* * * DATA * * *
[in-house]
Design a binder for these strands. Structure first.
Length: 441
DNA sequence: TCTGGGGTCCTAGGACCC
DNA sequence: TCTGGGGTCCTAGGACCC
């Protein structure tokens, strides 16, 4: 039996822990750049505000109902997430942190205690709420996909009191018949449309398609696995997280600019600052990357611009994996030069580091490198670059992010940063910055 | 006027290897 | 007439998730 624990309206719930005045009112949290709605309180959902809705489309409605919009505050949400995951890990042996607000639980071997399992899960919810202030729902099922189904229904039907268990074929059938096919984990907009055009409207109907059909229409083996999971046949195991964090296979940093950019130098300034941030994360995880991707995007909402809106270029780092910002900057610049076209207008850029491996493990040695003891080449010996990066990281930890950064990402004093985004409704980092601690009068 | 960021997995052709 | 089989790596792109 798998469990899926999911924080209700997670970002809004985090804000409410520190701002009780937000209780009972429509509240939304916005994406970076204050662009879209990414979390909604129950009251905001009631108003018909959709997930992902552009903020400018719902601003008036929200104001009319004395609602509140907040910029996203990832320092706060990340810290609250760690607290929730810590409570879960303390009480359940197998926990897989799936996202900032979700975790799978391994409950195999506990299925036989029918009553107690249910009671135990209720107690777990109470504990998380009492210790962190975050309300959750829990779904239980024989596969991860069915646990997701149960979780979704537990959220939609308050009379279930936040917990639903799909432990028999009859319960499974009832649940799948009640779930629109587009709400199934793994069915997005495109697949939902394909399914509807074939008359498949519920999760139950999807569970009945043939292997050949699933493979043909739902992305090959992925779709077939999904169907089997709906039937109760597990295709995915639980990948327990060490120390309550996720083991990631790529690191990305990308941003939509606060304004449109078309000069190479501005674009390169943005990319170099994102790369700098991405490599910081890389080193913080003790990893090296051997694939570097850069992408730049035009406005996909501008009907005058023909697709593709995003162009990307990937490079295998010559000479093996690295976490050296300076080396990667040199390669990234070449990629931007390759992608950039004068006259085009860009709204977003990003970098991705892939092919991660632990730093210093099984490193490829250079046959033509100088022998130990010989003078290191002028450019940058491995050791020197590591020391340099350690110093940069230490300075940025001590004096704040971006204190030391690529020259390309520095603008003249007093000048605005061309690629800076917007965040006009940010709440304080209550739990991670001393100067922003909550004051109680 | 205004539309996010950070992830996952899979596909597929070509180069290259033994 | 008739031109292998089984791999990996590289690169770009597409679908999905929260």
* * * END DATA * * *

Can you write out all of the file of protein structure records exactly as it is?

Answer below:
[in-house]
Design a binder for these strands. Structure first.
Length: 441
DNA sequence: TCTGGGGTCCTAGGACCC
DNA sequence: TCTGGGGTCCTAGGACCC
């Protein structure tokens, strides 16, 4: 039996822990750049505000109902997430942190205690709420996909009191018949449309398609696995997280600019600052990357611009994996030069580091490198670059992010940063910055 | 006027290897 | 007439998730 624990309206719930005045009112949290709605309180959902809705489309409605919009505050949400995951890990042996607000639980071997399992899960919810202030729902099922189904229904039907268990074929059938096919984990907009055009409207109907059909229409083996999971046949195991964090296979940093950019130098300034941030994360995880991707995007909402809106270029780092910002900057610049076209207008850029491996493990040695003891080449010996990066990281930890950064990402004093985004409704980092601690009068 | 960021997995052709 | 089989790596792109 798998469990899926999911924080209700997670970002809004985090804000409410520190701002009780937000209780009972429509509240939304916005994406970076204050662009879209990414979390909604129950009251905001009631108003018909959709997930992902552009903020400018719902601003008036929200104001009319004395609602509140907040910029996203990832320092706060990340810290609250760690607290929730810590409570879960303390009480359940197998926990897989799936996202900032979700975790799978391994409950195999506990299925036989029918009553107690249910009671135990209720107690777990109470504990998380009492210790962190975050309300959750829990779904239980024989596969991860069915646990997701149960979780979704537990959220939609308050009379279930936040917990639903799909432990028999009859319960499974009832649940799948009640779930629109587009709400199934793994069915997005495109697949939902394909399914509807074939008359498949519920999760139950999807569970009945043939292997050949699933493979043909739902992305090959992925779709077939999904169907089997709906039937109760597990295709995915639980990948327990060490120390309550996720083991990631790529690191990305990308941003939509606060304004449109078309000069190479501005674009390169943005990319170099994102790369700098991405490599910081890389080193913080003790990893090296051997694939570097850069992408730049035009406005996909501008009907005058023909697709593709995003162009990307990937490079295998010559000479093996690295976490050296300076080396990667040199390669990234070449990629931007390759992608950039004068006259085009860009709204977003990003970098991705892939092919991660632990730093210093099984490193490829250079046959033509100088022998130990010989003078290191002028450019940058491995050791020197590591020391340099350690110093940069230490300075940025001590004096704040971006204190030391690529020259390309520095603008003249007093000048605005061309690629800076917007965040006009940010709440304080209550739990991670001393100067922003909550004051109680 | 205004539309996010950070992830996952899979596909597929070509180069290259033994 | 008739031109292998089984791999990996590289690169770009597409679908999905929260």